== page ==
After striking their 15th death, which is their new 30 year long record, Deathlist is causing controversy in the mainstream media – being summarised as sadistic and immoral.

Deathlist is a website started in the UK and it predicts when celebrities are going to die, with a large range of forums dedicated to each celebrity that may be considered close to death. At the top of the list this year is Kirk Douglas, who was a big hollywood actor in the 20th century and father to Michael Douglas, who will be 101 years old by late December. Other notable worldwide figures include Queen Elizabeth, Prince Phillip, Stan Lee, Ex-Presidents Jimmy Carter and George H.W. Bush, King Michael of Romania, David Rockefella, Pope Benedict XVI, Robert Mugabe and many more

Each year 50 candidates are selected by their likeliness to perish within that year. The rules for Deathlist are: quoted from their website – There are a few rules to DeathList summarised as follows: Candidates must be famous enough such that their death is expected to be reported by the UK media; Candidates cannot be famous solely for the fact they are likely to die in the near future and only 25 candidates can reappear from the previous year’s list. Deathlist’s popularity soured in 2016 when there was a massive wave of celebrity deaths.

Whilst being what some will call sinister and some would call interesting, the website has a sense of humour rather than acting like a dodgy black market website – which is what many assume it to be. There is no actual feature that allows patrons to bet on the celebrity candidates like a game of dead-pool although it may still happen through the patrons setting the deals up externally. The website also has a page where you can purchase amusing merchandise along with coffee mugs and various other items.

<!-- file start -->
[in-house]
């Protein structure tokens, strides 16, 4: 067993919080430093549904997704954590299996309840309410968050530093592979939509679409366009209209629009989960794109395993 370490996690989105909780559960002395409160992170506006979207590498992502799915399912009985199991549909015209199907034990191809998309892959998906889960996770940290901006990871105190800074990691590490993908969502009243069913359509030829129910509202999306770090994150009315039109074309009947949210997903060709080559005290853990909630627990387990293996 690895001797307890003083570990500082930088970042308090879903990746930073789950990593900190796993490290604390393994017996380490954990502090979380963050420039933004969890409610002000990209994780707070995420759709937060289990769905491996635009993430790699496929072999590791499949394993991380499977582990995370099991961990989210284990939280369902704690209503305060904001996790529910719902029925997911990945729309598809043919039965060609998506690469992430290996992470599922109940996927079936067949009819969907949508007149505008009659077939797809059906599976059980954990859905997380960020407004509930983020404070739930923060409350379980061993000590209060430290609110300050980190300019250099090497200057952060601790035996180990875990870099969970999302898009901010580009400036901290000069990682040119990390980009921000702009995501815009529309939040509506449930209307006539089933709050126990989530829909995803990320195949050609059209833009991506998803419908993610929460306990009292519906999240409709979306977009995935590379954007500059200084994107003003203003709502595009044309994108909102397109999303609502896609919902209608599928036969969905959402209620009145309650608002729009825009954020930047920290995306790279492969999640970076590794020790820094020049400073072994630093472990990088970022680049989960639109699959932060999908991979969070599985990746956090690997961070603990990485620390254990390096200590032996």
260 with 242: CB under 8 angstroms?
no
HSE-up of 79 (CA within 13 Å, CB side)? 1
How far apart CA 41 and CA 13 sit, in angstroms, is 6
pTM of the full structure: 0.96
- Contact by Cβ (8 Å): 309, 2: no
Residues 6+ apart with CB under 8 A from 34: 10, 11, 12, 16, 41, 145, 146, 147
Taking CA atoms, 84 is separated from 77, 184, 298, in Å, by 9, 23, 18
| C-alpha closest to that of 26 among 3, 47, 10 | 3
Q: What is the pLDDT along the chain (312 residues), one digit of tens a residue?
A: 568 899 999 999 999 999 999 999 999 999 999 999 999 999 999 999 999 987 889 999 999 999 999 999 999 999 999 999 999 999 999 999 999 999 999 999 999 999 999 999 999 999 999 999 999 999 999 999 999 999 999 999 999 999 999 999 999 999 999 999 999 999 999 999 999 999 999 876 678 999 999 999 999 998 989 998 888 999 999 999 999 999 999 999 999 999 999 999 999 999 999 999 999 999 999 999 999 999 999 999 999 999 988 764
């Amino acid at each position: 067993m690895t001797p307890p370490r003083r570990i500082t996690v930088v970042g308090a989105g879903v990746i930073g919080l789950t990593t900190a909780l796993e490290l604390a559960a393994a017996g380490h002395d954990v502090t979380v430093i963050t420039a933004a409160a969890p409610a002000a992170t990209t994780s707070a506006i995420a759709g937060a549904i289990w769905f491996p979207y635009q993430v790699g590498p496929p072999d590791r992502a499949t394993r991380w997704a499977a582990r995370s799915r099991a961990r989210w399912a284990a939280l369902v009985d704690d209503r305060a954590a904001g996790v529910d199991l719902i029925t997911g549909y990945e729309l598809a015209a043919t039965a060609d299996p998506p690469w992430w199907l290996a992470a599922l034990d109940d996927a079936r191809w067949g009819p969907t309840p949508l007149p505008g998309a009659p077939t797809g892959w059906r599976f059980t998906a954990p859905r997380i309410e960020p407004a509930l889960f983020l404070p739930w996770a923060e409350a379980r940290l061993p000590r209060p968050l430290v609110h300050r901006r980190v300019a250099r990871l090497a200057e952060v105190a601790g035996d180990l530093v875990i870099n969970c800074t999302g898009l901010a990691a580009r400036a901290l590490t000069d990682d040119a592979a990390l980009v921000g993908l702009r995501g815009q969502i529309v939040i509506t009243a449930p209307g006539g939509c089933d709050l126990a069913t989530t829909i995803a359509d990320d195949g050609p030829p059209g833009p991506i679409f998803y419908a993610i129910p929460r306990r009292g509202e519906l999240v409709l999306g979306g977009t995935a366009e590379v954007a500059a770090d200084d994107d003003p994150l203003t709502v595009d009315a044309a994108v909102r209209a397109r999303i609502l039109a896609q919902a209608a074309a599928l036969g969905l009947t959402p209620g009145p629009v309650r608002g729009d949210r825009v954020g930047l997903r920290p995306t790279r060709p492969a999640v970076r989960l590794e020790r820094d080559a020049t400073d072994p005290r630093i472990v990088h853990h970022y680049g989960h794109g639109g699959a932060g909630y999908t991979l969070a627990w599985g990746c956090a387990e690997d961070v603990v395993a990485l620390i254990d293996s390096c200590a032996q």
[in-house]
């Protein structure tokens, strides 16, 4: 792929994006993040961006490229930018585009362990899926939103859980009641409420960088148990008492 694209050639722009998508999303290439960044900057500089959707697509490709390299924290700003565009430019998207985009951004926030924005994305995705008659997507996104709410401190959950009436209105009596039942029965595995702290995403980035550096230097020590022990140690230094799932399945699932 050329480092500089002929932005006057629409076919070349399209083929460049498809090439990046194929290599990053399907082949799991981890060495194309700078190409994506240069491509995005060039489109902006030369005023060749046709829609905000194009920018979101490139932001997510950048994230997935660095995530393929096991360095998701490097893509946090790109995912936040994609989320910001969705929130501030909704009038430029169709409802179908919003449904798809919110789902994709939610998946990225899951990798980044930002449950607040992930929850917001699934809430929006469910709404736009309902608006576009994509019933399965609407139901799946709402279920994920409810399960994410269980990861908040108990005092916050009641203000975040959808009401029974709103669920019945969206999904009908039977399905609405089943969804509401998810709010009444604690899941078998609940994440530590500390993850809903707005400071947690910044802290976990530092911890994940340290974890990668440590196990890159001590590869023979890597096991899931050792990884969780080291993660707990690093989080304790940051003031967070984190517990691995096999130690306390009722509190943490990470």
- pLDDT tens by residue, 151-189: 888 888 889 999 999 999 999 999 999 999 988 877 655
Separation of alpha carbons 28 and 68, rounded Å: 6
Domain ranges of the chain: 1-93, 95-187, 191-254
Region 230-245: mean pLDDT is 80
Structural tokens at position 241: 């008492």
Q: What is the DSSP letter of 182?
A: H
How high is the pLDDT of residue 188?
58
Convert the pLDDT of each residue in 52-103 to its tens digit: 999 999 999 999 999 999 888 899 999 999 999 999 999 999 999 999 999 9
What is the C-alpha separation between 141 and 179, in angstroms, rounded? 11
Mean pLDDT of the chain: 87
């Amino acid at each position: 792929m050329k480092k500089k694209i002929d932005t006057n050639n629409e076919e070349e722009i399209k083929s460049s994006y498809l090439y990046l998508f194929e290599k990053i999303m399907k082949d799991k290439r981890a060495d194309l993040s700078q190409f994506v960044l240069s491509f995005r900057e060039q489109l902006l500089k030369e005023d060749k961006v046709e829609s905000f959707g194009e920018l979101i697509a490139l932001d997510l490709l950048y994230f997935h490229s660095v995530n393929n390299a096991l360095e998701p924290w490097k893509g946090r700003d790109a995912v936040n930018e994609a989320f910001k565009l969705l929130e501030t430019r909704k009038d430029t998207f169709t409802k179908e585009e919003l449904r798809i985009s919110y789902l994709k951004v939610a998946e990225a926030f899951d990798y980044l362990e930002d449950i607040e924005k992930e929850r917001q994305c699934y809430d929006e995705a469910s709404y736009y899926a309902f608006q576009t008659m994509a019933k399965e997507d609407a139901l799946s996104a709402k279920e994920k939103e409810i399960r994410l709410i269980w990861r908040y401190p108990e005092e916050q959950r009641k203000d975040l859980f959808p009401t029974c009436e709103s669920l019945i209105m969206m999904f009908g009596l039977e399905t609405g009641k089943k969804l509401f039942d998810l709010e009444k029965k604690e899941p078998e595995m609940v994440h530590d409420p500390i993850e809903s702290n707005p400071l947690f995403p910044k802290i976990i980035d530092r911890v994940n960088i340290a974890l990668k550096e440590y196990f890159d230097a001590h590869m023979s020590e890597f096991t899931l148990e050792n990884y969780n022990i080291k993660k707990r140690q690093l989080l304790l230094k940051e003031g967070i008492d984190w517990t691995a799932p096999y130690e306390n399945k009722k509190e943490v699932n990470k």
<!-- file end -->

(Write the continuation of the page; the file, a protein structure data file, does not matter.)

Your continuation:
The mainstream media has called out for being ‘vile’. This is debatable as Deathlist is considered by the patrons who debate in the forums that Deathlist is a game and just a game and many are very sympathetic to the celebrities involved, depending on the ethics of the celebrity, it is all fun and games until someone gets hurt. The Sun has expressed outrage over the forum early this year with the headline – Vile death list ‘game’ featuring stricken Rangers hero Fernando Ricksen is one of sickest things ever published on web. The politically correct BBC has called Deathlist ‘morbid‘ – this is up to the viewer to decide based on raw material, not the BBC.

Love them or hate them, Deathlist does have the right to remain a website. One member (who will remain anonymous) argued his side: This is Deathlist. If you want happy clappy go and find Mumsnet or something. 

Is deathlist a sadistic and sick site which exploits celebrities or is it just an interesting worldwide game that has been a tradition in some places for centuries? You can be the judge.

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